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Stocks, Dollar Decline

September 7, 1992

TOKYO (AP) _ Prices on the Tokyo Stock Exchange finished lower Monday, while the dollar also fell against the Japanese yen.

The 225-issue Nikkei Stock Average fell 115.12 points, or 0.62 percent, closing at 18,440.18 points. On Friday, the average gained 168.81 points, or 0.92 percent.

The broader Tokyo Stock Price Index of all issues listed on the first section was down 9.82 points, or 0.69 percent, to 1,410.56. The TOPIX rose 23.59 points, or 1.69 percent, in the previous trading day.

Volume on the first section was estimated at 380 million shares, down sharply from 754.04 million shares Friday.

Prices on the Tokyo Stock Exchange were higher Monday morning and Hiroshi Nakamura, an analyst with Wako Securities, said buying continued to be boosted by the government’s announcement late last month of a 10.7 trillion yen fiscal package to resuscitate Japan’s economy.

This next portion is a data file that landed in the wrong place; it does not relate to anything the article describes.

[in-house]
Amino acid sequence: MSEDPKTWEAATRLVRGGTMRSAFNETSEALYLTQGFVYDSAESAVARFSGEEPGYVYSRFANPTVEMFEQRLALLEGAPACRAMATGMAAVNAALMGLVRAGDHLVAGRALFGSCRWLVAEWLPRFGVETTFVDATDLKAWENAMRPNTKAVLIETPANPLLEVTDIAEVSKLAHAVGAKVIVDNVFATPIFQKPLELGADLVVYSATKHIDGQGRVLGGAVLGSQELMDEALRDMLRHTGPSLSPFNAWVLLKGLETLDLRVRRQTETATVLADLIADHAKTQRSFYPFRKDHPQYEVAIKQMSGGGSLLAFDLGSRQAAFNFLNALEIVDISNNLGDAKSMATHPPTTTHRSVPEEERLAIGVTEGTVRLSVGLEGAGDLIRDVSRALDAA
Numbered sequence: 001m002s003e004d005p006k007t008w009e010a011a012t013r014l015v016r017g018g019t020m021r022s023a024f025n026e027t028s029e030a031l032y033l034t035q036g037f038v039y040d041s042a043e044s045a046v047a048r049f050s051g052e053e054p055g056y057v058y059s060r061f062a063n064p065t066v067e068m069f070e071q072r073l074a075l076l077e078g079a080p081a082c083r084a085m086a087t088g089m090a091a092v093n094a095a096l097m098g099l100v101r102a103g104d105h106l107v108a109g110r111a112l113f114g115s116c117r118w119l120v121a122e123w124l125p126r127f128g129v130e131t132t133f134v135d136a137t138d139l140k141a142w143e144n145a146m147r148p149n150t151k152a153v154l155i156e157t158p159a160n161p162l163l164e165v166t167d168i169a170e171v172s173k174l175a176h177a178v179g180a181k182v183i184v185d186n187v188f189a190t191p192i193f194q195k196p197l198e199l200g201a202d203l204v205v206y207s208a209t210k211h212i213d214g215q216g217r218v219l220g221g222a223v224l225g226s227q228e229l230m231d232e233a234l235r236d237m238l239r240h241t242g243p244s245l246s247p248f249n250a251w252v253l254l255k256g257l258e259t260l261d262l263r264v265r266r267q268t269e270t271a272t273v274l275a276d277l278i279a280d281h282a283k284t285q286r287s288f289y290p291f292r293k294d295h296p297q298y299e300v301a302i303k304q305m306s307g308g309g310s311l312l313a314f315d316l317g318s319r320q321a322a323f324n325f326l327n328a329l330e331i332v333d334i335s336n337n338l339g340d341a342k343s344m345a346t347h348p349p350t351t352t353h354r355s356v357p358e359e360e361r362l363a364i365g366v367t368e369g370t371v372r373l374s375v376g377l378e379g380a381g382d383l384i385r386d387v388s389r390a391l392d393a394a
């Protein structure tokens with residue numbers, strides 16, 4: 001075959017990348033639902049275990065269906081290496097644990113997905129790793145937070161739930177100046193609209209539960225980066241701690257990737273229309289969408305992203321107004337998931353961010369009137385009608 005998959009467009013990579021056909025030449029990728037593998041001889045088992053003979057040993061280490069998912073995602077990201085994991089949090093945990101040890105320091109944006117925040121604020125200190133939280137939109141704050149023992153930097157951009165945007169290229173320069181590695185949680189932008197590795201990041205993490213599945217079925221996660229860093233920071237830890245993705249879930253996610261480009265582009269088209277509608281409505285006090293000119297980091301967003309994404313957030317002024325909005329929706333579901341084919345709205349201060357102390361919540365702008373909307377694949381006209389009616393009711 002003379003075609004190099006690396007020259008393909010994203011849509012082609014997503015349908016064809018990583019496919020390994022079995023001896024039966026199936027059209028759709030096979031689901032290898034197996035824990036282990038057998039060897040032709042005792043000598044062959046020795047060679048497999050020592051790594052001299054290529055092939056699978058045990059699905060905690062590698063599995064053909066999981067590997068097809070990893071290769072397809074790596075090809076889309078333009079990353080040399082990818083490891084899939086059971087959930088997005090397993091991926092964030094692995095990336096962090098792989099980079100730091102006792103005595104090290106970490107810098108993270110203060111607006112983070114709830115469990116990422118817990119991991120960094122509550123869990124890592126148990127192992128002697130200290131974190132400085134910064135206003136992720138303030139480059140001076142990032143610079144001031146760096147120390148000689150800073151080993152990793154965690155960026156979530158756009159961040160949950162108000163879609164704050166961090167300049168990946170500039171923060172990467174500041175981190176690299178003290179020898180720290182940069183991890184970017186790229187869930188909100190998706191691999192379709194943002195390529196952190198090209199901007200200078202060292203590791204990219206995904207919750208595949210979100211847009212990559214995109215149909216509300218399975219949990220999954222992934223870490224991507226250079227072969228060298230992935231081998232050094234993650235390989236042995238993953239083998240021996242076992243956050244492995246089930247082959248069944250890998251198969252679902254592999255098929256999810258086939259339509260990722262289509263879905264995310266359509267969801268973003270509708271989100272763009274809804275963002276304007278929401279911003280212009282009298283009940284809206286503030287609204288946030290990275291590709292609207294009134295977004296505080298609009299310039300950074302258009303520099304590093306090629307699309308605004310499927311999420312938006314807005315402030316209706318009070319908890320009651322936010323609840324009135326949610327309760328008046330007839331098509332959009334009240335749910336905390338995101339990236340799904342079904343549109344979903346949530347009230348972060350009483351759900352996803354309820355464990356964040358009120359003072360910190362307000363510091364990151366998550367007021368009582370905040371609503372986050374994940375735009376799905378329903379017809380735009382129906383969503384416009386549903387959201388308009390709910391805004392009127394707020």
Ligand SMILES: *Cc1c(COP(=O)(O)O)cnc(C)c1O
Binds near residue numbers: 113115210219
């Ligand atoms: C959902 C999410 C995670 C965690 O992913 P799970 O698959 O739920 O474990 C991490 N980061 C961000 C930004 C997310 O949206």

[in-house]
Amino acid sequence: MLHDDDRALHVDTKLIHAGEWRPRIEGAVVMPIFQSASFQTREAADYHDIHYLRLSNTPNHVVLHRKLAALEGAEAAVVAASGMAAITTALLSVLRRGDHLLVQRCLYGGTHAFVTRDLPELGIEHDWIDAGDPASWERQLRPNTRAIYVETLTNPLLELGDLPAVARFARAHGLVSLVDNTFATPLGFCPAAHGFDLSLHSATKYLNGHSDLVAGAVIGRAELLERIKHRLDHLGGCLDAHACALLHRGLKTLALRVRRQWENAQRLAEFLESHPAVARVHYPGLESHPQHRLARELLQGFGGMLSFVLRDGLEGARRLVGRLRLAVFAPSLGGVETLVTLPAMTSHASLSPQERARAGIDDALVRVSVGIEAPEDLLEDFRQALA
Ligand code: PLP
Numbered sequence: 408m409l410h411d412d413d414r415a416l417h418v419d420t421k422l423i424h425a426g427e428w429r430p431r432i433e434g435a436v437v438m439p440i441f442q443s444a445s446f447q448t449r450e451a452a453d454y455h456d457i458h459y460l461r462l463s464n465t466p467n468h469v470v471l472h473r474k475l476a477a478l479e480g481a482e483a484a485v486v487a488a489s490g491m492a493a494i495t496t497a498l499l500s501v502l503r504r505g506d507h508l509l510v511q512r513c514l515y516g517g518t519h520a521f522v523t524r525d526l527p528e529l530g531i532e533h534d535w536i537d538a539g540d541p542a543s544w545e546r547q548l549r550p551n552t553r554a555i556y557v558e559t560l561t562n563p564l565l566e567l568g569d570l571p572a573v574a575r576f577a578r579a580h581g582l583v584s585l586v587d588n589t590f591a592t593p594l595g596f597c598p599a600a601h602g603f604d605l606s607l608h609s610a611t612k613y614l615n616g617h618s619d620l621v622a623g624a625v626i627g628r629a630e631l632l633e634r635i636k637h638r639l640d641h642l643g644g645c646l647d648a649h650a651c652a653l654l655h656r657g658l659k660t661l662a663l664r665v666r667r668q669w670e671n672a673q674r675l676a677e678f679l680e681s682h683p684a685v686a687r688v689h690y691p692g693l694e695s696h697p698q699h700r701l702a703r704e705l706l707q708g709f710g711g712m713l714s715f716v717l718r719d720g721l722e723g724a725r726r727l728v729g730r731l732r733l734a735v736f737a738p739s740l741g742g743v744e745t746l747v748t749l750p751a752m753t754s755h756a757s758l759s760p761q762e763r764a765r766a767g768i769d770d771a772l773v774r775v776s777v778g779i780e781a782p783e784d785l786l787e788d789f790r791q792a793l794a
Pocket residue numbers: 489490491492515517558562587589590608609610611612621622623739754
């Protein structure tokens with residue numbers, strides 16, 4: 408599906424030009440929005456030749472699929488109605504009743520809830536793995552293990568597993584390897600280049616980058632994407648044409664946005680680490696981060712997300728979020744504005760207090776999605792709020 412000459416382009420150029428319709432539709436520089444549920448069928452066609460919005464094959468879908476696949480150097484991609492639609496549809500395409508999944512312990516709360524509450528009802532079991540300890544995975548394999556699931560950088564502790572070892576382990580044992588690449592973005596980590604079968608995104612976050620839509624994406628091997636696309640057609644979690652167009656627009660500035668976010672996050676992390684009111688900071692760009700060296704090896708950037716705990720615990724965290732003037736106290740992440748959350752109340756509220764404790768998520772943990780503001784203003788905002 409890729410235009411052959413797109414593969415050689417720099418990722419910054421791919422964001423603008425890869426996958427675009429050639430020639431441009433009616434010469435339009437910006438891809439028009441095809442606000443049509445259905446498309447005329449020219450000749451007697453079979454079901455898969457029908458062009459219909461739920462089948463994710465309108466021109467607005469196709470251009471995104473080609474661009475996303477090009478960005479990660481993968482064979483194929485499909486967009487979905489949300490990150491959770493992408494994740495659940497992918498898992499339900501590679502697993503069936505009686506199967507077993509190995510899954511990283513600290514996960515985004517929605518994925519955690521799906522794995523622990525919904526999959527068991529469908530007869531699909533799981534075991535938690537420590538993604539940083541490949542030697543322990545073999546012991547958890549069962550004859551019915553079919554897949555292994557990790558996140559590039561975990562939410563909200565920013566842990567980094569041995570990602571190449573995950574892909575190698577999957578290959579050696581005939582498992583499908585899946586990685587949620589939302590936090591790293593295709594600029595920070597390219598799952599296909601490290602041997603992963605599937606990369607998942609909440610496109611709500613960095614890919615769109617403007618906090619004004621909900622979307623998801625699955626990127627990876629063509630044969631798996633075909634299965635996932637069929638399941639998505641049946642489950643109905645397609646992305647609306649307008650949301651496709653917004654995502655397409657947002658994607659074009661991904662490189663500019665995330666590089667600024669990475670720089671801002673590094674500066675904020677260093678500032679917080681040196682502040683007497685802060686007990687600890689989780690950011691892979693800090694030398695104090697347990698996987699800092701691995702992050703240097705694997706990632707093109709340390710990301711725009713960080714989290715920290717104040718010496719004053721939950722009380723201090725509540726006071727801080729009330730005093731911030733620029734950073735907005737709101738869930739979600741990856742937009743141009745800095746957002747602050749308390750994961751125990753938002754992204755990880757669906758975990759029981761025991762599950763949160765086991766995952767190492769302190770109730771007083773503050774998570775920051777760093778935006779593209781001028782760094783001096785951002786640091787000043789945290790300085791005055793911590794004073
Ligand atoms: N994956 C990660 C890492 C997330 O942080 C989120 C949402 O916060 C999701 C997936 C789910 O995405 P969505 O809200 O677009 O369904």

He said a cut in the U.S. federal funds rate helped support prices by renewing hopes among Japanese investors for a discount rate cut. Lower interest rates usually encourage stock investment.

Stock prices fell into negative territory, however, in the final half-hour over concern that the market has gone up too quickly.

On the foreign exchange market, the dollar closed at 123.45 yen, down 0.70 yen from Friday’s close. It opened at 123.18 yen and ranged from 123.10 yen to 123.48 yen.

The dollar remained stable in Tokyo as participants sold German marks for dollars to take profits following the mark’s sharp rise Friday, dealers said.

On overseas markets Friday, the dollar fell sharply, especially against the mark, on worse-than-expected U.S. jobless figures for August. The figures prompted the Federal Reserve Board to cut the federal funds rate by 0.25 percentage points to 3 percent.

The U.S. unemployment rate fell slightly to 7.6 percent in August, but non- farm payrolls shrank by 83,000, fueling worries over the U.S. economy.

Hiromi Masaki, a dealer with Chemical Bank, said trading in Tokyo was inactive as players were reluctant to make significant moves ahead of the U.S. Labor Day holiday Monday.

The benchmark No. 145 10-year Japanese government bonds were higher at 104.70 points from Friday’s 103.85-point finish. Their yield stood at 4.780 percent, down from 4.905 percent.

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